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 A278452 a(n) = nearest integer to b(n) = c^(b(n-1)/(n-1)), where c = e = 2.71828... and b(1) is chosen such that the sequence neither explodes nor goes to 1. 7
 1, 4, 7, 11, 15, 19, 23, 28, 33, 37, 42, 48, 53, 58, 64, 69, 75, 80, 86, 92, 97, 103, 109, 115, 121, 127, 133, 139, 146, 152, 158, 165, 171, 177, 184, 190, 197, 203, 210, 216, 223, 230, 236, 243, 250, 256, 263, 270, 277, 284, 290, 297, 304, 311, 318, 325, 332, 339, 346, 353, 360, 367, 375, 382, 389, 396, 403, 410, 418, 425 (list; graph; refs; listen; history; text; internal format)
 OFFSET 1,2 COMMENTS For the given c there exists a unique b(1) for which the sequence b(n) does not converge to 1 and at the same time always satisfies b(n-1)b(n+1)/b(n)^2 < 1 (due to rounding to the nearest integer a(n-1)a(n+1)/a(n)^2 is not always less than 1). In this case b(1) = 1.3679012617... A278812. If b(1) were chosen smaller the sequence would approach 1, if it were chosen greater the sequence would at some point violate b(n-1)b(n+1)/b(n)^2 < 1 and from there on quickly escalate. The value of b(1) is found through trial and error. Illustrative example for the case of c=2 (for c=e similar): "Suppose one starts with b(1) = 2, the sequence would continue b(2) = 4, b(3) = 4, b(4) = 2.51..., b(5) = 1.54... and from there one can see that such a sequence is tending to 1. One continues by trying a larger value, say b(1) = 3, which gives rise to b(2) = 8, b(3) = 16, b(4) = 40.31... and from there one can see that such a sequence is escalating too fast. Therefore, one now knows that the true value of b(1) is between 2 and 3." b(n) = n*log((n+1)*log((n+2)*log(...))) ~ n*log(n). - Andrey Zabolotskiy, Dec 01 2016 LINKS Rok Cestnik, Table of n, a(n) for n = 1..1000 Rok Cestnik, Plot of the dependence of b(1) on c EXAMPLE a(2) = round(e^1.36...) = round(3.92...) = 4. a(3) = round(e^(3.92.../2)) = round(7.12...) = 7. a(4) = round(e^(7.12.../3)) = round(10.74...) = 11. MATHEMATICA c = E; n = 100; acc = Round[n*1.2]; th = 1000000; b1 = 0; For[p = 0, p < acc, ++p, For[d = 0, d < 9, ++d, b1 = b1 + 1/10^p; bn = b1; For[i = 1, i < Round[n*1.2], ++i, bn = N[c^(bn/i), acc]; If[bn > th, Break[]]; ]; If[bn > th, { b1 = b1 - 1/10^p; Break[]; }]; ]; ]; bnlist = {N[b1]}; bn = b1; For[i = 1, i < n, ++i, bn = N[c^(bn/i), acc]; If[bn > th, Break[]]; bnlist = Append[bnlist, N[bn]]; ]; anlist = Map[Round[#] &, bnlist] CROSSREFS For decimal expansion of b(1) see A278812. For different values of c see A278448, A278449, A278450, A278451. For b(1)=0 see A278453. Sequence in context: A247432 A310736 A310737 * A056548 A065981 A244240 Adjacent sequences: A278449 A278450 A278451 * A278453 A278454 A278455 KEYWORD nonn AUTHOR Rok Cestnik, Nov 22 2016 STATUS approved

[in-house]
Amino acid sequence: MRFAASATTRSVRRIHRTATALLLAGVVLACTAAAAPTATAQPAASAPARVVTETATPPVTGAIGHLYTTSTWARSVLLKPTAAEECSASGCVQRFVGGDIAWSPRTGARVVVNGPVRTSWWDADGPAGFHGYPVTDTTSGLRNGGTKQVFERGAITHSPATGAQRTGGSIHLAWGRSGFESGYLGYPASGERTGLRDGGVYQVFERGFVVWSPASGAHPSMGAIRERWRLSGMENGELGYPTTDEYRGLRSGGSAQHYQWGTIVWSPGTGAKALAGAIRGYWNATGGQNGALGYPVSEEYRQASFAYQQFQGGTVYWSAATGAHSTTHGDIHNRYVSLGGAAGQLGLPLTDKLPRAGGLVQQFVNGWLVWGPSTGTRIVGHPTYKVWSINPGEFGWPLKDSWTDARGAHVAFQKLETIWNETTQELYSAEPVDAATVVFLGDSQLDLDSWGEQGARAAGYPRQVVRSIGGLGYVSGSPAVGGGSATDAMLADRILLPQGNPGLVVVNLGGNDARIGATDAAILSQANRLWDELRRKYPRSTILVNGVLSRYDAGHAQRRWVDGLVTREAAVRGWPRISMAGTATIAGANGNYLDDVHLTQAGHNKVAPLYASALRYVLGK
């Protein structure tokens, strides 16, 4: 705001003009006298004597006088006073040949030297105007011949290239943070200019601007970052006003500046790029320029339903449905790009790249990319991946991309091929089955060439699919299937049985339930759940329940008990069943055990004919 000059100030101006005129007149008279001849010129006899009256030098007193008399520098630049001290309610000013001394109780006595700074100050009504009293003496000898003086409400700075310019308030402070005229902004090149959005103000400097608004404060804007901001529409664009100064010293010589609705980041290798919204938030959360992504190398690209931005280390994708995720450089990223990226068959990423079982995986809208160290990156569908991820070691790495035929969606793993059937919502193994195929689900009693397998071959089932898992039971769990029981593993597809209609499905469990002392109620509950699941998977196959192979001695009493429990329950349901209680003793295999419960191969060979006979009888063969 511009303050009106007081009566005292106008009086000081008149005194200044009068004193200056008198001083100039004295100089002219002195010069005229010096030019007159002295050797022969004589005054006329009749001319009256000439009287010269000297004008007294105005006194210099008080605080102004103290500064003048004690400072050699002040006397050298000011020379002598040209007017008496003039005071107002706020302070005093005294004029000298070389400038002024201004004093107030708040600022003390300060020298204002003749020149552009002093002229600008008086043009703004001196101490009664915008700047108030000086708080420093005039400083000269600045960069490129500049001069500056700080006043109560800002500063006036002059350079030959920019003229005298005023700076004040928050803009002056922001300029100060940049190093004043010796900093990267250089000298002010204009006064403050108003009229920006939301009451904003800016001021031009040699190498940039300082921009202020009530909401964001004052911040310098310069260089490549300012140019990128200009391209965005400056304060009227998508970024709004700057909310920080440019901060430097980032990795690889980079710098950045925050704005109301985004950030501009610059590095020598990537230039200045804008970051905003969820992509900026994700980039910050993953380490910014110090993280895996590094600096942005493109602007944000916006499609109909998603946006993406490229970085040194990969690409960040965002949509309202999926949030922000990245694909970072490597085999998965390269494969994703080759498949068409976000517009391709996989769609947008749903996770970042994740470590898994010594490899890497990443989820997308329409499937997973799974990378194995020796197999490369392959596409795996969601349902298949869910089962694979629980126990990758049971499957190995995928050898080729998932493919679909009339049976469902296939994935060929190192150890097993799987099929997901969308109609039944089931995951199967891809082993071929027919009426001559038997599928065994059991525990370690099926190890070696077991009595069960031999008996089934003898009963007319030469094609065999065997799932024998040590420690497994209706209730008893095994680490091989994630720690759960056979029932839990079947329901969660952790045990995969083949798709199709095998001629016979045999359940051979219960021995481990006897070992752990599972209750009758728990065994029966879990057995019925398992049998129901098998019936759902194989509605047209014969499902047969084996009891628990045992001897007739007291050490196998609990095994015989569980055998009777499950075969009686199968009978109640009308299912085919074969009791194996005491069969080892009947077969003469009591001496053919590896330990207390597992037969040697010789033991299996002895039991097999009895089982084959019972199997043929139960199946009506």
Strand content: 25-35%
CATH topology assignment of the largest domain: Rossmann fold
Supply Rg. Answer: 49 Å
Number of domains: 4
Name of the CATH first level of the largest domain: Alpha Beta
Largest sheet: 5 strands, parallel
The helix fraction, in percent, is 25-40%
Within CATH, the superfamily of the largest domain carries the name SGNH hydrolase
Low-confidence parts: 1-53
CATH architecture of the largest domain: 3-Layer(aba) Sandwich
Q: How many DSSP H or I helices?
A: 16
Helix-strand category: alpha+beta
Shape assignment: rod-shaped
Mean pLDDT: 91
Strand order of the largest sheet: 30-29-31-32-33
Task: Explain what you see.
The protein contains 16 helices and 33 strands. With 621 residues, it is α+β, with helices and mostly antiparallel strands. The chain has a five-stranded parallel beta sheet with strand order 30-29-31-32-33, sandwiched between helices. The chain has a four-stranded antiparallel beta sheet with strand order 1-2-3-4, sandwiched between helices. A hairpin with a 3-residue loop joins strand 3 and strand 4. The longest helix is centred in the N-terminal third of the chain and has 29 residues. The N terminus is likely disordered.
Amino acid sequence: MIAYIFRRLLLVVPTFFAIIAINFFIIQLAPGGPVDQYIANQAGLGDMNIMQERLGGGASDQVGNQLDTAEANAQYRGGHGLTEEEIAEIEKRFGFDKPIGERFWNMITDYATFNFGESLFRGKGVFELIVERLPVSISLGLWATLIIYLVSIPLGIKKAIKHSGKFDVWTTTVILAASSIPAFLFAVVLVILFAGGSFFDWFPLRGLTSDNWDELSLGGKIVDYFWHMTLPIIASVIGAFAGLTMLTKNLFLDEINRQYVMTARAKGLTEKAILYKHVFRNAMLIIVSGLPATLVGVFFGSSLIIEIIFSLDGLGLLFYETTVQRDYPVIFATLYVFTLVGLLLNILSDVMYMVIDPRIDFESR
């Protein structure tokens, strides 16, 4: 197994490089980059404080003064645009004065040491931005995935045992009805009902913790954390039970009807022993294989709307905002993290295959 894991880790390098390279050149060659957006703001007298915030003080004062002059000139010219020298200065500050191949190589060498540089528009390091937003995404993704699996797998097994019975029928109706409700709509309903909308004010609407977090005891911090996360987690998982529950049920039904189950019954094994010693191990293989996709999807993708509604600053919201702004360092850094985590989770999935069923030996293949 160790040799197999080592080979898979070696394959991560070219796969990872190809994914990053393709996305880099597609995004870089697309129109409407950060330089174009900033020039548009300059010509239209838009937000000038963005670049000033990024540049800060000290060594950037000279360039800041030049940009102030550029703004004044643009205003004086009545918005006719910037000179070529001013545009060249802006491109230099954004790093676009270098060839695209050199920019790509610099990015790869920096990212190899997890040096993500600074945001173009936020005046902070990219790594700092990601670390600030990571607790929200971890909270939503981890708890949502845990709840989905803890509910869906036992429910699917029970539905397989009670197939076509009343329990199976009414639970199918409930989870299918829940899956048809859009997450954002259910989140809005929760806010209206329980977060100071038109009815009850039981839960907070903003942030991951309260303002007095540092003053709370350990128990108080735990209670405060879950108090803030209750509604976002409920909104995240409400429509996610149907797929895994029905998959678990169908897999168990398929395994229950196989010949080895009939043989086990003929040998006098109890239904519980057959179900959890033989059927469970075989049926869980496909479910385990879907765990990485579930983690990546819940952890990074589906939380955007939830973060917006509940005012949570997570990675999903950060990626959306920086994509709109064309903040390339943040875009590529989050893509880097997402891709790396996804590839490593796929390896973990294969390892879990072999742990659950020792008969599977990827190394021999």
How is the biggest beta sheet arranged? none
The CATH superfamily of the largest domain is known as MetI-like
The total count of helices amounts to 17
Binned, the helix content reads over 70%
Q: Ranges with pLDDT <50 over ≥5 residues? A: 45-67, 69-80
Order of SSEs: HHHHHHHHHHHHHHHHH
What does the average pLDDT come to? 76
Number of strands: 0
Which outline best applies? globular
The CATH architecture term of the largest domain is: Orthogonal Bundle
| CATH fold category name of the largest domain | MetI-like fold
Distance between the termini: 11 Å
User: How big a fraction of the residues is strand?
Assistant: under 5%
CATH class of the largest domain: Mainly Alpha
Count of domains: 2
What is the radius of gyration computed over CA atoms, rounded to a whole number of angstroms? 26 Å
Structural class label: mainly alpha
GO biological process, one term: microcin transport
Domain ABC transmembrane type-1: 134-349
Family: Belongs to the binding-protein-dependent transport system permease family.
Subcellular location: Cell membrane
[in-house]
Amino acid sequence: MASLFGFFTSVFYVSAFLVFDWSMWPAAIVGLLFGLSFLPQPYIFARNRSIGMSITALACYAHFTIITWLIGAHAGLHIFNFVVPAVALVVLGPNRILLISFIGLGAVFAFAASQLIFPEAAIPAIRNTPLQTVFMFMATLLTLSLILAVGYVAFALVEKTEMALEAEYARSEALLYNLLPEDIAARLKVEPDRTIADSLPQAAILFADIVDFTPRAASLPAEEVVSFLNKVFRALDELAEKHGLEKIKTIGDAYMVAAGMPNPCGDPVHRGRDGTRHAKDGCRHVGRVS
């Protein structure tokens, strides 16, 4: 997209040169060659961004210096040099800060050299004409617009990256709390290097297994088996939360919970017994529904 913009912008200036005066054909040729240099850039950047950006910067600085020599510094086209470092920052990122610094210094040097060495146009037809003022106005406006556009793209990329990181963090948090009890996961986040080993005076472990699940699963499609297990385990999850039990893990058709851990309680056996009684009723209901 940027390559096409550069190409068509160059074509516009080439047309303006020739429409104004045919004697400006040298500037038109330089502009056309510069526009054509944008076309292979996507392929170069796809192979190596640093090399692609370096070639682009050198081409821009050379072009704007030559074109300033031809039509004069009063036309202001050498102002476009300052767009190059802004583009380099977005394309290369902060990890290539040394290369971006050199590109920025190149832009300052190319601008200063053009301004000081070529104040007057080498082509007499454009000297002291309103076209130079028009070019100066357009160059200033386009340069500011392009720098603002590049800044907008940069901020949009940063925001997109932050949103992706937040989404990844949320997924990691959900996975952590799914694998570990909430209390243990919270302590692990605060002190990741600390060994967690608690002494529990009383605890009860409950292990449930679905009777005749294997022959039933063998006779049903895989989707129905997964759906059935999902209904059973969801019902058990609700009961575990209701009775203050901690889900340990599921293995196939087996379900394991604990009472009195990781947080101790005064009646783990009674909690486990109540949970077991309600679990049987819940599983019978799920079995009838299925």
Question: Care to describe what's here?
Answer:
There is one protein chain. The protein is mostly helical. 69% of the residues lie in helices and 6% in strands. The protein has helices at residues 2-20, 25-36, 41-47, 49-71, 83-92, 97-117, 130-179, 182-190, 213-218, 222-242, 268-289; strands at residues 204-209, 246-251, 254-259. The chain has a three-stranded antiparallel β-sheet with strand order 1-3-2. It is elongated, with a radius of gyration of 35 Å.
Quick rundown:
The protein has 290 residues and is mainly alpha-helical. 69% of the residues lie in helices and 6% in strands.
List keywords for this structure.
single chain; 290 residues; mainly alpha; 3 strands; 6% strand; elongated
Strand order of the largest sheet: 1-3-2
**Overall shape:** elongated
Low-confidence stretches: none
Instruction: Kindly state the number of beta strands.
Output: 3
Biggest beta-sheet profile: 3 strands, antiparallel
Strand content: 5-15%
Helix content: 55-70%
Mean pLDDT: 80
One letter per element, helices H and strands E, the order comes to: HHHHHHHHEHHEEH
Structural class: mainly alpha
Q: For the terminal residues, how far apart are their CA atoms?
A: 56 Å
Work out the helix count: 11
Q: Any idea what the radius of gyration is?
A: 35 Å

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Last modified February 7 15:57 EST 2023. Contains 360127 sequences. (Running on oeis4.)